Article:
I set off north once again along the coast road to Bunree Club site. When I pull on the handbrake it’s at the most scenic pitch I’ve ever stayed on; through the windscreen I see nothing but beach, loch and mountains. “On a clear day you can see the Isle of Mull from the site,” says warden Dougie Goldie. “We get otters here, and herons and sea eagles from Mull.”
In the evening I sit in a deckchair to savour the mouthwatering view and when dawn breaks I lace up my boots for a walk into Glen Righ Forest, right behind the site, in search of waterfalls and red squirrels.
Glenfinnan Monument (©VisitBritain)
Where Harry Potter fans get all steamy!
It would be easy to spend an entire holiday at Bunree so it’s with some reluctance that I pack up and steer the California further north, stopping briefly in Fort William for supplies, before making a beeline for the Glefinnan Monument. It’s a haunting statue of a kilted Highlander gazing down Loch Shiel, in memory of the clansmen who gave their lives for the Jacobite cause. These days there’s a new hero in town to rival Bonnie Prince Charlie, as the distant chuff of a steam train soon reveals.
Glenfinnan Viaduct (©VisitBritain)
Glenfinnan Viaduct is now globally famous thanks to its place in the Harry Potter films as the young wizards make their way by train to Hogwarts School. Anyone who thinks trainspotting involves a lonely vigil at the end of a platform should witness the hysteria at Glenfinnan when a steam locomotive approaches!
The coast near Traigh Farm CL
Skye is not the limit
The road quietens considerably west of Glenfinnan en route to the coast. But any sense that this is merely a through-route to Mallaig and an onwards ferry to Skye is instantly dispelled at Traigh Farm CL, where pitches give way to a white sandy beach.
Many campers bring their own dinghies and kayaks to this small slice of off-grid heaven, as well as their clubs – the site has its own nine-hole golf course. It’s a beautiful spot.
Morvich Club site
A hill walker's paradise
I head further north to Morvich Club site. The site lies in a valley, and the panorama on offer is magnificently mountainous. Chief attraction for hill walkers is the Five Sisters of Kintail although an out-and-back walk or mountain bike ride along the Affric Kintail Way offers easier access into the foothills.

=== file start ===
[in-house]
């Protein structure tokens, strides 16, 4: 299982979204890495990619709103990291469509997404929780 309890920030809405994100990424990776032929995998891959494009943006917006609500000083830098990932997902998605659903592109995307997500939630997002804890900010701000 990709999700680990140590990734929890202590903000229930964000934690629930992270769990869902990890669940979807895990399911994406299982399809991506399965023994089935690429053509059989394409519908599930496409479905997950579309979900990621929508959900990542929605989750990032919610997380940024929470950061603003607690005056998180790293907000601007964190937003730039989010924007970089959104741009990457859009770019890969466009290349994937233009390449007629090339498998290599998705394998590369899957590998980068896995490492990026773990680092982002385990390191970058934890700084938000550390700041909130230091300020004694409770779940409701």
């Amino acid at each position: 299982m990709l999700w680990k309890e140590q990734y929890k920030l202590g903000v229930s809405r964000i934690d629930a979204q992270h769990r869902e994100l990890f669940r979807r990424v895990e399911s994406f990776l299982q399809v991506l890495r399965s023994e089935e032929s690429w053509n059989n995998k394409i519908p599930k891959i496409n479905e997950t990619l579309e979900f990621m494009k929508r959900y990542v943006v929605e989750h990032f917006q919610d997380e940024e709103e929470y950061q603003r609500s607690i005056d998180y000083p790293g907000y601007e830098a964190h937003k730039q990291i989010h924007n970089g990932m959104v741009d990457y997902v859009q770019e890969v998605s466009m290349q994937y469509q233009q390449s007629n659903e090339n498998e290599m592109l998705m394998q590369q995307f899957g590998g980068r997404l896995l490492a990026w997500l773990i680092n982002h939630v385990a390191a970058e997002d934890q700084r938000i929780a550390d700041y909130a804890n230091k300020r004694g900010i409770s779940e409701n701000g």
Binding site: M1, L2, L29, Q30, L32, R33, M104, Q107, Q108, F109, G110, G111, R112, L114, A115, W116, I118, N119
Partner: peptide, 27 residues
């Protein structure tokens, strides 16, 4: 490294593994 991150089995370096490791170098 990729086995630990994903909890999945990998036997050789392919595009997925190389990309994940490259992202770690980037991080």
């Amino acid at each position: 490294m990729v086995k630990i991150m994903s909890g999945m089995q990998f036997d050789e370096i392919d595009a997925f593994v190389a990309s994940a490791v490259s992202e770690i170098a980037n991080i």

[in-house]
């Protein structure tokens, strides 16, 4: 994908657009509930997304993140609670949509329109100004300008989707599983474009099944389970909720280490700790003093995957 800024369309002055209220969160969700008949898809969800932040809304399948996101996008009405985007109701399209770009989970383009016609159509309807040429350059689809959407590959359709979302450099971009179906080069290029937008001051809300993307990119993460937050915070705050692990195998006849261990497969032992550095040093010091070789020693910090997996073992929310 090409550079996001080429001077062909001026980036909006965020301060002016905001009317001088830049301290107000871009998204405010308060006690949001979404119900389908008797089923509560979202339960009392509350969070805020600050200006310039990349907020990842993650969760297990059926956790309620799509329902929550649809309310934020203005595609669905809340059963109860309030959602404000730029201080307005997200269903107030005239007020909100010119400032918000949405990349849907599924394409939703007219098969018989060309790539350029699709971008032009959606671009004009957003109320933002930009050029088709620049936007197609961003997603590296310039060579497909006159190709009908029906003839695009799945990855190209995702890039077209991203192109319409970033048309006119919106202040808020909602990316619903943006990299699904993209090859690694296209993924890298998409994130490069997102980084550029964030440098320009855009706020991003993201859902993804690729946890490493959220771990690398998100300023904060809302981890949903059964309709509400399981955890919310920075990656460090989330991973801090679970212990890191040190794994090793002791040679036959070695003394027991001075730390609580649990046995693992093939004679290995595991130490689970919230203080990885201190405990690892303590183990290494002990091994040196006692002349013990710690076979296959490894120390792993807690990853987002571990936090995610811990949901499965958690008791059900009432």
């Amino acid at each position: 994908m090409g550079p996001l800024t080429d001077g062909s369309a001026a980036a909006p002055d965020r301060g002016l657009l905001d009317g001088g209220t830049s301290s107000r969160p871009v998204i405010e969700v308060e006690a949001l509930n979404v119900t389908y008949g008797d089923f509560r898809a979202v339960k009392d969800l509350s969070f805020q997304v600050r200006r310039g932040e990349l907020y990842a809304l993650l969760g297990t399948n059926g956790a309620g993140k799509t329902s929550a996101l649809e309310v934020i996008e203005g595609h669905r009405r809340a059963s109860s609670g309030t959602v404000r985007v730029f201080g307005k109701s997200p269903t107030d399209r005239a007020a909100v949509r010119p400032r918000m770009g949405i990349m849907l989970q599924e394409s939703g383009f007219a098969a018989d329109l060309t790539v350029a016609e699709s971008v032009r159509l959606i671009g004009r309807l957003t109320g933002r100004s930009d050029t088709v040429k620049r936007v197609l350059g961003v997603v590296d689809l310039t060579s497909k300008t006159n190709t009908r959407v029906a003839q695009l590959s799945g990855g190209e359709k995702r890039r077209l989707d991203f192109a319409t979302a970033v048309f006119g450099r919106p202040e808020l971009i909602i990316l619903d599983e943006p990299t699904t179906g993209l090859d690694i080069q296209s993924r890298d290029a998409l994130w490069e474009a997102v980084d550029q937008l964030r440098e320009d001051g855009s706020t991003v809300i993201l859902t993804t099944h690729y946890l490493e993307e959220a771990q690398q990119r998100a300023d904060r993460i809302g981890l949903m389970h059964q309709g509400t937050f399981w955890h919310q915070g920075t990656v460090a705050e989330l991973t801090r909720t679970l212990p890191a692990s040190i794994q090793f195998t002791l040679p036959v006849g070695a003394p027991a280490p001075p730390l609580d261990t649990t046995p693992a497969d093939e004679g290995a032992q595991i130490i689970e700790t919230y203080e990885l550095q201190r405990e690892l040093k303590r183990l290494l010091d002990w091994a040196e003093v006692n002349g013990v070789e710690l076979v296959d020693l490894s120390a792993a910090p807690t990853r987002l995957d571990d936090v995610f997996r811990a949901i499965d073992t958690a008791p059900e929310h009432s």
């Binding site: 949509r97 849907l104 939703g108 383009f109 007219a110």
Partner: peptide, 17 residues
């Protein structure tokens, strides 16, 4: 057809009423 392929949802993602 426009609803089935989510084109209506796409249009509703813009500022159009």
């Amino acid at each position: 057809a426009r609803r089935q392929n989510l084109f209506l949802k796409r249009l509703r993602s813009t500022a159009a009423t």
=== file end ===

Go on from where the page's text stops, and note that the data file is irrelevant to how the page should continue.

Eilean Donan Castle (©VisitBritain)
Also close by is Eilean Donan Castle which must be one of, if not the most photographed building in Scotland. This 13th century fortress, on a tiny island accessed by a handsome stone bridge, is framed by towering peaks and washed by waters that change from pewter to ebony in the flicker of a cloud.
An ideal base for Munro baggers
The campervan’s auto gearbox proves a godsend on the final stretch of this tour, climbing the contours on the A890 north to Kinlochewe Club site, close to the foot of Loch Maree. After the wilderness, the village of Kinlochewe appears like an oasis, with an excelllent café (the Whistle Stop, just around the corner from the site) and a welcoming pub.
Loch Maree and the Torridon Hills near Kinlochewe Club site
With the Torridon range on the doorstep this is an ideal launchpad for hill walkers and Munro baggers. A 20p walk guide from the site reception offers step-by-step instructions for easier low-level routes.
Not so long ago, Kinlochewe hosted actors Sean Bean and Miranda Richardson and a film crew working locally, but the site doesn’t need the stardust of celebrities to sparkle. It really was the perfect setting to bring a wonderful tour of this spectacular region to a close.